‘Jaden!’ she cried. The torchlight flew over his features, telling Veronica all she needed to know: he was hurt. Blood was dripping from his nose and mouth. She shrieked, dropped the torch, and began to shake Jaden by the shoulders. Soon enough, she heard a voice from the darkness.

‘What time is it…?’

Veronica stopped and picked her torch back up to direct it to the space beside Jaden. It was Georgia, lying face-down on the ground. When she sat up, Veronica became aware that she was also injured: she had a crimson gash across her forehead.

‘Georgia?’

She blinked and shook her head, realisation setting in. ‘Oh, ‘sup, Veronica? How’d you get down here?’

‘Never mind that,’ Veronica said. ‘Help me get Jaden up—we’ve gotta go.’ She moved to shake his shoulder again, but Georgia motioned for her to step back. Without any further prompting, she began slapping Jaden repeatedly until a series of moans came from his throat.

‘Quit it, quit it!’ he snapped, jumping to his feet. ‘I’m up!’

‘Then we’re leaving,’ Veronica said, standing. ‘You can tell me what happened when we get out of here.’

‘Okay, but question,’ Georgia said, dragging herself to her feet. ‘How’d you get past that thing?’

‘Thing?’

‘Yeah, the thing with lots of legs and eyes.’

Veronica didn’t move. Jaden turned to her and could just make out her horrified expression in the torchlight. ‘You didn’t see it, did you?’

She slowly shook her head.

‘Well ya might soon,’ Georgia said, looking past her friends. Veronica held her breath and could faintly make out a scuttling sound in the direction Georgia was facing.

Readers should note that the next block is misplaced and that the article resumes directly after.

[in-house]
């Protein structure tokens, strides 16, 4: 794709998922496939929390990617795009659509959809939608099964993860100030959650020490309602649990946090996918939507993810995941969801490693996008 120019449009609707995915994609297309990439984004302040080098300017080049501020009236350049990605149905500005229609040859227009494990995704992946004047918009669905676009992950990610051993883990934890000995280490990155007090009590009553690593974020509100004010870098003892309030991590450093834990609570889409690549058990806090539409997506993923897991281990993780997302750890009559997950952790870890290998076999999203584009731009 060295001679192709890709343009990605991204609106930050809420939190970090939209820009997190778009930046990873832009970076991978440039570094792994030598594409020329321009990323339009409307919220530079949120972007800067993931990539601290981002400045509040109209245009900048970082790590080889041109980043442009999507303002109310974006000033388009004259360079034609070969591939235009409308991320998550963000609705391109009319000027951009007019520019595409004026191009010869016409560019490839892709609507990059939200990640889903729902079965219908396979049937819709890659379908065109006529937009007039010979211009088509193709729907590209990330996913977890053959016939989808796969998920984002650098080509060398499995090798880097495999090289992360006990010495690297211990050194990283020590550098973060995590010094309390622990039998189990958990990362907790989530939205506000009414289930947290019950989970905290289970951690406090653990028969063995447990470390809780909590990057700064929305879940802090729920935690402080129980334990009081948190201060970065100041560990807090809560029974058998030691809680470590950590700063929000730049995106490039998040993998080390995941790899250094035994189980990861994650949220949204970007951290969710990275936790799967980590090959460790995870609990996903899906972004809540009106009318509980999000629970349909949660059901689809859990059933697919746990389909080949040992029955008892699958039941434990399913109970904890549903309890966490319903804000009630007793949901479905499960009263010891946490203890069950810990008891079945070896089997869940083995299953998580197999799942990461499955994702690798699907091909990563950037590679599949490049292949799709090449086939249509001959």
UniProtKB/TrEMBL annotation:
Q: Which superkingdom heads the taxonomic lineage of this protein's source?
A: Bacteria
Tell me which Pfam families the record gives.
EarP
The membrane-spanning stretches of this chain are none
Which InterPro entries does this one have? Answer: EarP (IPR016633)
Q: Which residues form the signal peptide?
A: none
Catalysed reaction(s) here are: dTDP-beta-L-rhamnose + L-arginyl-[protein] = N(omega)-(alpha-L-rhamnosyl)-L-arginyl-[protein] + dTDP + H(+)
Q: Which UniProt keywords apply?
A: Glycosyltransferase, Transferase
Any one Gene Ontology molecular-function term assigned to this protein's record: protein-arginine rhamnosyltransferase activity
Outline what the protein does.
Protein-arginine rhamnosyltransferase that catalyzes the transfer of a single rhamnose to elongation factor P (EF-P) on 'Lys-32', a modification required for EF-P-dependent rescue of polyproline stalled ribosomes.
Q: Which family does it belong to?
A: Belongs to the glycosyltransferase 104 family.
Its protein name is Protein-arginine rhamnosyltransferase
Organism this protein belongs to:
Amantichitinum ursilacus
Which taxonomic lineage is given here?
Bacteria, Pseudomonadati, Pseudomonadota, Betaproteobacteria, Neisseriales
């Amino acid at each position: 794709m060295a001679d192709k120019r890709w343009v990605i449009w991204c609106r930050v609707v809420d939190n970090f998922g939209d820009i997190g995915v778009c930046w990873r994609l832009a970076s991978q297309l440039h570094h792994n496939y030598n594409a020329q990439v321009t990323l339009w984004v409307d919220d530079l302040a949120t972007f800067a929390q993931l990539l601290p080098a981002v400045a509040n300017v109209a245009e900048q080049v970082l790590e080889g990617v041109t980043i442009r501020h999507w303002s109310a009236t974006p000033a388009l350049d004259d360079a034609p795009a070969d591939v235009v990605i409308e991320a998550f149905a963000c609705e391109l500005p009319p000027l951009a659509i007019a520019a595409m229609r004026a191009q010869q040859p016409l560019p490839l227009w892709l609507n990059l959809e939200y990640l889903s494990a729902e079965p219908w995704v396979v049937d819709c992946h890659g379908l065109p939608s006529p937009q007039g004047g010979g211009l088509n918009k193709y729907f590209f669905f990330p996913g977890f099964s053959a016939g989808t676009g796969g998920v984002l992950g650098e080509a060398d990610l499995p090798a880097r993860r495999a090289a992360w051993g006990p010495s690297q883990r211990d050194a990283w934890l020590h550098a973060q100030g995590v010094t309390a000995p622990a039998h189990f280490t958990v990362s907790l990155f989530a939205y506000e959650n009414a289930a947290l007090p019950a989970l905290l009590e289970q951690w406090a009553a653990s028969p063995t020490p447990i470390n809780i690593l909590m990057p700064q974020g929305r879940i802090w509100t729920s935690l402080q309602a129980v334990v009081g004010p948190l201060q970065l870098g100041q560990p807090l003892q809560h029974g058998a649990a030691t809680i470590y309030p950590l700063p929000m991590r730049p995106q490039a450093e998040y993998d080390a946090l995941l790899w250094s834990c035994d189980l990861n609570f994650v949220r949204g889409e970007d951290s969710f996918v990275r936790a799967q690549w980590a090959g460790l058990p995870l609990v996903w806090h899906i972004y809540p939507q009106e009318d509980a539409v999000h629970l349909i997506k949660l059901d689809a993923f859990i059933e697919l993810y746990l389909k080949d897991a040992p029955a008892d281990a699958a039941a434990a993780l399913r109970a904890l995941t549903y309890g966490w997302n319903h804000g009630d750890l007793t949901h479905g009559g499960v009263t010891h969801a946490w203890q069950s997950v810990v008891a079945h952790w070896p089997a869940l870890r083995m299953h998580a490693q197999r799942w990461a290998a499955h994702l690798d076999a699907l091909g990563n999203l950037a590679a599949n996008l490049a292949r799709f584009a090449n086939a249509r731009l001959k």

‘Stay close and don’t look back,’ Veronica instructed. No more words were said as the three tore back through the cave along the path of the rope.

*

It was well and truly storming now, with rain slamming down like the world was ending. The cave offered little safety from it to Robert who was now drenched. However, not once had his gaze left the direction of the darkness where he now watched his three friends charging towards him. Jaden and Georgia’s faces were covered in blood. Veronica looked like she was about to cry. They arrived and stopped in front of Robert, whose expression was a mixture of concern and joy.

For a while no one said anything, and the cacophony in the skies above was all they could hear. Then Robert jerked his thumb back behind him, towards town. ‘I’ve uh,’ he said. ‘Got some Disney movies at my place. And a heater. You guys want to come over? Tell me all about it?’

Georgia made some sort of discontent sound and Jaden shoved her.

‘Sounds great, Robert,’ Veronica sighed. ‘Let’s get out of here.’

 

Download a PDF of “Where Light Doesn’t Exist” here

Tagged , , , , , , ,

Liminality, Amy Garpendal

This road feels familiar.

The girl walks with her backpack slung low. She’s forgotten how long she’s been walking. Orange streaks across the sky as the sun sinks towards the horizon, the low angle stabbing into the girl’s eyes. She brushes her hand across her brow, wondering where her sunshades have gone. Her hand stops, and she stares at it. There are several bands tattooed between the joints of her dark fingers. Her smallest finger has, four, the next finger six, she stares at her middle finger counting and re-counting. Seven. Seven. Every time she recounts she wants to stop at six, but the seventh ring contradicts her. Seven. She shakes out her fingers and digs them through the tight curls of her hair. There must have been a tattoo parlour in the last town, she thinks, itll come back to me soon.